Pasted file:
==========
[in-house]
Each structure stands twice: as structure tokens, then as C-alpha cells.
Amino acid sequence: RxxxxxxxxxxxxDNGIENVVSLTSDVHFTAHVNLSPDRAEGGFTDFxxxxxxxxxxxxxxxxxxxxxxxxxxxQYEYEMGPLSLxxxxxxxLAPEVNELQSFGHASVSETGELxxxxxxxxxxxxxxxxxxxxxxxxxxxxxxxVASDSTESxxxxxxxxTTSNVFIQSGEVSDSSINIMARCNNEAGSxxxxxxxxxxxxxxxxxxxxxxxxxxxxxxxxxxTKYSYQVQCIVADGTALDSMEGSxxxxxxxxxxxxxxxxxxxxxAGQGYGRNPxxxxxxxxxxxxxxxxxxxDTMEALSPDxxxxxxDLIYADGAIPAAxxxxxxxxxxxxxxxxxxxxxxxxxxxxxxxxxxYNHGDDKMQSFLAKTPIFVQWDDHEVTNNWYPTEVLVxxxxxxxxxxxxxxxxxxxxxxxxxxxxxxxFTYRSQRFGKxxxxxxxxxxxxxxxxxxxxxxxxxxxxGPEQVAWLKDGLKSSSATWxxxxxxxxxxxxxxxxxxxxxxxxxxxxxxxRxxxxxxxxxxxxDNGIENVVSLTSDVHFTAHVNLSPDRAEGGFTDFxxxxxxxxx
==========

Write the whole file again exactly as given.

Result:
[in-house]
Each structure stands twice: as structure tokens, then as C-alpha cells.
Amino acid sequence: RxxxxxxxxxxxxDNGIENVVSLTSDVHFTAHVNLSPDRAEGGFTDFxxxxxxxxxxxxxxxxxxxxxxxxxxxQYEYEMGPLSLxxxxxxxLAPEVNELQSFGHASVSETGELxxxxxxxxxxxxxxxxxxxxxxxxxxxxxxxVASDSTESxxxxxxxxTTSNVFIQSGEVSDSSINIMARCNNEAGSxxxxxxxxxxxxxxxxxxxxxxxxxxxxxxxxxxTKYSYQVQCIVADGTALDSMEGSxxxxxxxxxxxxxxxxxxxxxAGQGYGRNPxxxxxxxxxxxxxxxxxxxDTMEALSPDxxxxxxDLIYADGAIPAAxxxxxxxxxxxxxxxxxxxxxxxxxxxxxxxxxxYNHGDDKMQSFLAKTPIFVQWDDHEVTNNWYPTEVLVxxxxxxxxxxxxxxxxxxxxxxxxxxxxxxxFTYRSQRFGKxxxxxxxxxxxxxxxxxxxxxxxxxxxxGPEQVAWLKDGLKSSSATWxxxxxxxxxxxxxxxxxxxxxxxxxxxxxxxRxxxxxxxxxxxxDNGIENVVSLTSDVHFTAHVNLSPDRAEGGFTDFxxxxxxxxx